Despite right wing economic war in recent months, the candidates of ‘Chavismo’ comfortably won Sunday’s municipal elections, consolidating President Maduro’s leadership, and further enhancing Venezuelan democracy, writes VSC Secretary Francisco Dominguez.
The 7 December 2013 municipal elections in Venezuela have produced a robust and convincing victory for chavismo: late last night the national electoral authority (CNE) announced that with 97.52 per cent of the votes processed, PSUV candidates won 210 mayoralties (76 per cent of the total) whilst candidates of the right wing (MUD coalition) were victorious in 53 (15.82 per cent). A total of about 76 mayoralties have to yet be adjudicated by the national electoral authority (CNE.)
The PSUV and allied candidates got 49.24 per cent of the popular vote, whilst the right wing candidates, got 42.72 per cent. Thus, the PSUV had an electoral victory by a healthy margin of 7 per cent. The electoral turnout was 59.82 per cent. This is high, since in Venezuela municipal elections tend to have low electoral turnouts.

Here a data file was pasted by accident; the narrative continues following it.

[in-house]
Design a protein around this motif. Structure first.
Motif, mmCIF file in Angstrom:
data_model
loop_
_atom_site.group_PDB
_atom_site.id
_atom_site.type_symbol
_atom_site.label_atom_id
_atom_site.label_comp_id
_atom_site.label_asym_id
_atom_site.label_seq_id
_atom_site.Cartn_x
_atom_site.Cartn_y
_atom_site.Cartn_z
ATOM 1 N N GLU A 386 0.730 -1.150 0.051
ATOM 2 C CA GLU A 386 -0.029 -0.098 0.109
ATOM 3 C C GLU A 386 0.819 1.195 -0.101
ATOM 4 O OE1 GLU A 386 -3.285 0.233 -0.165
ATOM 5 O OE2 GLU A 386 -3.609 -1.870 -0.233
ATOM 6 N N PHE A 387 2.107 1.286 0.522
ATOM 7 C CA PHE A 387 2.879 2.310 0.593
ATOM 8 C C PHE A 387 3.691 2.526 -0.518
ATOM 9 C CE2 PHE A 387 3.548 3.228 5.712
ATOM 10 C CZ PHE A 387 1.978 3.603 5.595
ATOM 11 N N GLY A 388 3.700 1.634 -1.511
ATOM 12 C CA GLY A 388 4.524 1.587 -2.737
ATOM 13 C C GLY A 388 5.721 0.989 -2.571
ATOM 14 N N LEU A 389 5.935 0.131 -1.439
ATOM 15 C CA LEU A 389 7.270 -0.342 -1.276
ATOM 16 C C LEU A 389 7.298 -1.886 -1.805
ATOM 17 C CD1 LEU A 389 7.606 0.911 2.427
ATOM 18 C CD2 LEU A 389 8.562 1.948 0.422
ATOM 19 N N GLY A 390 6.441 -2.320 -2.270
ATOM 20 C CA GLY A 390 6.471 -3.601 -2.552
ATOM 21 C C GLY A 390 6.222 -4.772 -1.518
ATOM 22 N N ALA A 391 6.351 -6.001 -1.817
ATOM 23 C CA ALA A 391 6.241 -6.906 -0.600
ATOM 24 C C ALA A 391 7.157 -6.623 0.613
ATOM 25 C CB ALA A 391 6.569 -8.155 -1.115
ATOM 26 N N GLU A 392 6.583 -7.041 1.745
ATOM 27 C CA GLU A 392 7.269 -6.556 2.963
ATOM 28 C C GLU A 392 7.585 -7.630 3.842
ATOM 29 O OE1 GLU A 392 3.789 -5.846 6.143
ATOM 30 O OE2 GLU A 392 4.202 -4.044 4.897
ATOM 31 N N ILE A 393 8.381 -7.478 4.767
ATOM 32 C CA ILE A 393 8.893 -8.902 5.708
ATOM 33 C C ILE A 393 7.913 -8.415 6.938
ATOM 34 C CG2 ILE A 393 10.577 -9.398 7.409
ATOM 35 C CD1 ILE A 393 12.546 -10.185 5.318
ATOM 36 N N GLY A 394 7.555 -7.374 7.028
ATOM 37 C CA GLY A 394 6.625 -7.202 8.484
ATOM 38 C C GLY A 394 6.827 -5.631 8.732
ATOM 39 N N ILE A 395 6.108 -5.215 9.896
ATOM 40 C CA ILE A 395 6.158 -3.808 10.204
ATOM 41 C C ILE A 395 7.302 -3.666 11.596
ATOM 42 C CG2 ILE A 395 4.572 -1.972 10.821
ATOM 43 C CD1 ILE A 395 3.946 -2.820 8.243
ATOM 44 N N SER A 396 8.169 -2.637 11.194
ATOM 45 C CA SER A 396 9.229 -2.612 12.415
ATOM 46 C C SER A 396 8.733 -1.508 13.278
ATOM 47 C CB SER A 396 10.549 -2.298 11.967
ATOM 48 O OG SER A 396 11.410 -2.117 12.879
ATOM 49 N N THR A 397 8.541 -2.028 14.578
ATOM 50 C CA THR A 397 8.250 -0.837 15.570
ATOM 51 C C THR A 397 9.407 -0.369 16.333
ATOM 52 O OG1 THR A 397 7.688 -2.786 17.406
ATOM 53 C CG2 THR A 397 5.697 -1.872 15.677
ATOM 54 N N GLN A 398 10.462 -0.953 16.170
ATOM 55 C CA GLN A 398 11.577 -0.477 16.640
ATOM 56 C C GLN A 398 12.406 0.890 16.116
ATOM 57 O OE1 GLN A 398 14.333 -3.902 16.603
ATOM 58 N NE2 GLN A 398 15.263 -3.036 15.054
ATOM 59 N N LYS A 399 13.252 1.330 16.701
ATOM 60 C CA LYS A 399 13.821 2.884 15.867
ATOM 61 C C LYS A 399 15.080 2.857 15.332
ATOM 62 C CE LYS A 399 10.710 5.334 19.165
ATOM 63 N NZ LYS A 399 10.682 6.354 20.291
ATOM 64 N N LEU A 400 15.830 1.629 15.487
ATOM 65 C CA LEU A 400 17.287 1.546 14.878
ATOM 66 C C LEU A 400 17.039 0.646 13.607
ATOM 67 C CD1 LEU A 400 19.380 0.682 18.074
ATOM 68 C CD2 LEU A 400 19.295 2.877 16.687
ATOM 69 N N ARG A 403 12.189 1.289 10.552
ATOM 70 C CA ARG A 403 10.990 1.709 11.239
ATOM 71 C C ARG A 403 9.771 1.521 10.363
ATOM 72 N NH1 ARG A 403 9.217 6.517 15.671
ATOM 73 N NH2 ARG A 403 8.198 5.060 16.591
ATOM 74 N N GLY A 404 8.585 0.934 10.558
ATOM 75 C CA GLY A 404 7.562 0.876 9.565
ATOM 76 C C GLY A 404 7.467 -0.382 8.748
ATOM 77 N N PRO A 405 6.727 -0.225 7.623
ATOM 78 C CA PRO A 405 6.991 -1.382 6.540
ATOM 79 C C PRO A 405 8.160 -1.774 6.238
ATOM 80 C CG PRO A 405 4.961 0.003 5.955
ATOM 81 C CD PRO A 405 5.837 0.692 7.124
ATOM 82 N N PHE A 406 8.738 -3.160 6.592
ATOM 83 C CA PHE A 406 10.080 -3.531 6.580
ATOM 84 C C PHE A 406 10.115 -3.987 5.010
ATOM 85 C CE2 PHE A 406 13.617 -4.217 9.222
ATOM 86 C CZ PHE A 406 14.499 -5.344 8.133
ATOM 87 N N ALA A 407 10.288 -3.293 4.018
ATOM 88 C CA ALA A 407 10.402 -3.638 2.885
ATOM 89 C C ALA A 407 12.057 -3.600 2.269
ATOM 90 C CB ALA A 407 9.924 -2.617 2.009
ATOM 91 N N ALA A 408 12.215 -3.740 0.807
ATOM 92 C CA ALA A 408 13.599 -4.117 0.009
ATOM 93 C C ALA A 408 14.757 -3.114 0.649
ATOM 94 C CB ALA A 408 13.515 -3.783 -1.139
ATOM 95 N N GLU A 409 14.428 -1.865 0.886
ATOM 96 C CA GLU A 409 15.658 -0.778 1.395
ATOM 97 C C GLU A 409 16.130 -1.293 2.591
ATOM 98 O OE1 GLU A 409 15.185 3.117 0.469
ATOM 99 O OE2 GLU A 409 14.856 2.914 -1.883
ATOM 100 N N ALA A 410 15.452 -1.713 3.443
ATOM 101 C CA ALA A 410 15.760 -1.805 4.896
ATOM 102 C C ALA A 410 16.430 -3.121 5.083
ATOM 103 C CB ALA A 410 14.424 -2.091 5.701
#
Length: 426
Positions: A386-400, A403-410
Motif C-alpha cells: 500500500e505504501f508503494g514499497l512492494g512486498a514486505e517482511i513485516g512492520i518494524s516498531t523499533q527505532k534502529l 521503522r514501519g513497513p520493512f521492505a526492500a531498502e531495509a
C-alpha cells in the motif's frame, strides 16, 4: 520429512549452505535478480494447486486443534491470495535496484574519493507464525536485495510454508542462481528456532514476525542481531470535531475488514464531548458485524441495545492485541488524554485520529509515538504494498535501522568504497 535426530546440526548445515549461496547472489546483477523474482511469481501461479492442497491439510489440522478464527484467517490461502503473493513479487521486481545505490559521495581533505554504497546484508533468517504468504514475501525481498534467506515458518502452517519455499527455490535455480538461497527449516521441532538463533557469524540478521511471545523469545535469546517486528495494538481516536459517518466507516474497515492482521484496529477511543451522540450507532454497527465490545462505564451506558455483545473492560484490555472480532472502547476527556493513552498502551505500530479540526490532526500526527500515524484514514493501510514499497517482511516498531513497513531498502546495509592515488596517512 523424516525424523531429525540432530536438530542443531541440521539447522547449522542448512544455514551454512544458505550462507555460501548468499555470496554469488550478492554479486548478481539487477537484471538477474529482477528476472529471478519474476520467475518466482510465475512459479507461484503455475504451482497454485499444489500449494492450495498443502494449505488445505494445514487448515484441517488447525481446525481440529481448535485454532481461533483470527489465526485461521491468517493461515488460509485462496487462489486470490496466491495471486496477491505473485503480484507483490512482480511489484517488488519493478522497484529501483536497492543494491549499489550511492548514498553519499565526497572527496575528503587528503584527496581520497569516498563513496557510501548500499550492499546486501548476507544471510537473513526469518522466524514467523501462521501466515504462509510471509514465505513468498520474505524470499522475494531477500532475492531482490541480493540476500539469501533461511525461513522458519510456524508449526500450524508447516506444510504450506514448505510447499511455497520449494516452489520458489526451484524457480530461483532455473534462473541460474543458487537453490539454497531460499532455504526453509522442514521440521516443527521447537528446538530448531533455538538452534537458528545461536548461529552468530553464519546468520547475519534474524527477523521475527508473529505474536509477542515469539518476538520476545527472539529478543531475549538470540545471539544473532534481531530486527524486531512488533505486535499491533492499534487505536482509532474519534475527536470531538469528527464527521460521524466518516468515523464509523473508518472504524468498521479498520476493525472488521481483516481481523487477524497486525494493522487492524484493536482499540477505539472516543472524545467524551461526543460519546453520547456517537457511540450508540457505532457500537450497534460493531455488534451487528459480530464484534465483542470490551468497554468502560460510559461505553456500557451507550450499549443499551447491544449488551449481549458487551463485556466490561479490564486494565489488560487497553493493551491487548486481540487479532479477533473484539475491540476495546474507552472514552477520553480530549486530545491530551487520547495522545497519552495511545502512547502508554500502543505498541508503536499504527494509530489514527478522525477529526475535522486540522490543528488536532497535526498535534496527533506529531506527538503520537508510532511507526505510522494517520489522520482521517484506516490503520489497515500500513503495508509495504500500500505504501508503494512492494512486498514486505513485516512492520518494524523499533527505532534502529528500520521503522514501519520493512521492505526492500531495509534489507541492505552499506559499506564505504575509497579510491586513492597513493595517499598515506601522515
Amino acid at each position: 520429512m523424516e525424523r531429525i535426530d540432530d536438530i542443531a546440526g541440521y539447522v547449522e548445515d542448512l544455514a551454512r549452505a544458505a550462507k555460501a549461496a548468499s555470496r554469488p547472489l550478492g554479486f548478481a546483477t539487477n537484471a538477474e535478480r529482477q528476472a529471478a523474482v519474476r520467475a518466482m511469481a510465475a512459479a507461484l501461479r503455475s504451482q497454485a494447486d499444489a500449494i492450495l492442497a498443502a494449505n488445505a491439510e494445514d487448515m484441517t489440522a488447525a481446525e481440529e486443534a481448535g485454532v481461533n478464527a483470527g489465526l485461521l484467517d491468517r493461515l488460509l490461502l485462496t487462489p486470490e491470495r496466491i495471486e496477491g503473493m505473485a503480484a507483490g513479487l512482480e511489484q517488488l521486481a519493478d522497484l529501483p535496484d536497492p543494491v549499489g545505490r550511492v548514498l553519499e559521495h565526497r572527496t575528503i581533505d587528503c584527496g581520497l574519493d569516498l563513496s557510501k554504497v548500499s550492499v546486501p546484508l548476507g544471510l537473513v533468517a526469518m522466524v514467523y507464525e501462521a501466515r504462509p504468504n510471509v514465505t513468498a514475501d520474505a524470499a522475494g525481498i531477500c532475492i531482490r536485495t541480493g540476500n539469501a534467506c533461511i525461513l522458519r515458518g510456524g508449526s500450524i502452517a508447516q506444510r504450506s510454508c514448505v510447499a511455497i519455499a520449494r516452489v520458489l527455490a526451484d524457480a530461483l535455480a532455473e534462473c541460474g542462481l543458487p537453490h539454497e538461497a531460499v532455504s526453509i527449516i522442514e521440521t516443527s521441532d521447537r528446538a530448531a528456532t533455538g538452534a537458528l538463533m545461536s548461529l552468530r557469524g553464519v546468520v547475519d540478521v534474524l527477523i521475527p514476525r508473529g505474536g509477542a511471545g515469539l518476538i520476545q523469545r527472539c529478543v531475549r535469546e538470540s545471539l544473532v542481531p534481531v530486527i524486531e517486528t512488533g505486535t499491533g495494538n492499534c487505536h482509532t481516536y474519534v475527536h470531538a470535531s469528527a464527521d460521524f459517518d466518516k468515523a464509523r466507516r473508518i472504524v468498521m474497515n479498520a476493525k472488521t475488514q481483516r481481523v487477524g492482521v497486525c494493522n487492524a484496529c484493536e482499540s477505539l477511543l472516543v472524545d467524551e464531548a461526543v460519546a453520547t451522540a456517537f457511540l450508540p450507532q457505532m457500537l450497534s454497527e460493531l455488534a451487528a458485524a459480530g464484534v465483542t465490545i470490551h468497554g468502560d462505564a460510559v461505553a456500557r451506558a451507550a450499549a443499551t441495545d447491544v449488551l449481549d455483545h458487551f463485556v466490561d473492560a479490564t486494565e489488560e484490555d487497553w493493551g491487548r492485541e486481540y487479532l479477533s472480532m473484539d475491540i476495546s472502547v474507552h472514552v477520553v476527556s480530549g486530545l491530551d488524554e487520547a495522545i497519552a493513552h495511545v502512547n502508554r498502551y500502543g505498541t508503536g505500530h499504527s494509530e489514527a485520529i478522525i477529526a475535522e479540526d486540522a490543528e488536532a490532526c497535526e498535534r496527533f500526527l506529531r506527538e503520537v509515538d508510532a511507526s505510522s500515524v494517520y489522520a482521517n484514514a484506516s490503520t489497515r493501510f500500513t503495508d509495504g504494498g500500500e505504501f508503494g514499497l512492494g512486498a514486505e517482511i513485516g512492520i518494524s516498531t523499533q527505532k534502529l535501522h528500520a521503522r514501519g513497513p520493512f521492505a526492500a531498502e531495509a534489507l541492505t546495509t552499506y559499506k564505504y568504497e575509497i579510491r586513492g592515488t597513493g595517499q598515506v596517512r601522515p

Key sections of the MUD and the MUD’s allies in the US saw the untimely death of President Hugo Chavez earlier this year as a window of opportunity to destabilise and oust the Bolivarian government. And they thought this opportunity increased when at the presidential election to replace president Chavez on 14 April 2013, Nicolas Maduro won by a slender 1.5 per cent.
To prepare the ground in the run-up to April they waged a massive and intense but groundless campaign to discredit the CNE (National Electoral Council.) Believing the moment was ripe, they unleashed a wave of violence prompted by their leader Henrique Capriles, who on April 15, on national TV called upon his supporters to come out into the streets to protest at the ‘electoral fraud’ and invited them  ‘to vent your anger’. The resulting violence led to the death of 11 people, and two children.
The false accusation of fraud was a charge used by Capriles and the MUD not to accept defeat and to not recognise the Maduro government. This position of non-recognition is a position supported by only one government in the world: the United States. Still today, Capriles and the MUD have yet to recognise the Maduro government and accept the election result of April 2013. US state agencies continue to fund with millions of dollars (of taxpayers money) the activities of Venezuela’s right wing.